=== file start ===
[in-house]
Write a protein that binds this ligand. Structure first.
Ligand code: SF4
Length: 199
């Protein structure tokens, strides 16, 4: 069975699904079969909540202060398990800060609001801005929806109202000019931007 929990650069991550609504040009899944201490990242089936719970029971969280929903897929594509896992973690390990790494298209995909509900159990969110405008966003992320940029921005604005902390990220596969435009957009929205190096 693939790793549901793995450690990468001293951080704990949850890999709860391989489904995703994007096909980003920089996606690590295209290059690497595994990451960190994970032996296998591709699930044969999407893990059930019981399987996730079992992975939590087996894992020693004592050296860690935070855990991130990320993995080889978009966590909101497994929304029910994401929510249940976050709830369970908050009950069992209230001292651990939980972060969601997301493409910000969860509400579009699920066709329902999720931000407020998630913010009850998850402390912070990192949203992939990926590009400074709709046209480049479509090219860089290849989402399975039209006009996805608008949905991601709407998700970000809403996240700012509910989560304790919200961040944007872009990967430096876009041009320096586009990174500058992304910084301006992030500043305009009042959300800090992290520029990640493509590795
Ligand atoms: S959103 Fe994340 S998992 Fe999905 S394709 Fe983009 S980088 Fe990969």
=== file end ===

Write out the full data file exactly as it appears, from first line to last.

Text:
[in-house]
Write a protein that binds this ligand. Structure first.
Ligand code: SF4
Length: 199
């Protein structure tokens, strides 16, 4: 069975699904079969909540202060398990800060609001801005929806109202000019931007 929990650069991550609504040009899944201490990242089936719970029971969280929903897929594509896992973690390990790494298209995909509900159990969110405008966003992320940029921005604005902390990220596969435009957009929205190096 693939790793549901793995450690990468001293951080704990949850890999709860391989489904995703994007096909980003920089996606690590295209290059690497595994990451960190994970032996296998591709699930044969999407893990059930019981399987996730079992992975939590087996894992020693004592050296860690935070855990991130990320993995080889978009966590909101497994929304029910994401929510249940976050709830369970908050009950069992209230001292651990939980972060969601997301493409910000969860509400579009699920066709329902999720931000407020998630913010009850998850402390912070990192949203992939990926590009400074709709046209480049479509090219860089290849989402399975039209006009996805608008949905991601709407998700970000809403996240700012509910989560304790919200961040944007872009990967430096876009041009320096586009990174500058992304910084301006992030500043305009009042959300800090992290520029990640493509590795
Ligand atoms: S959103 Fe994340 S998992 Fe999905 S394709 Fe983009 S980088 Fe990969």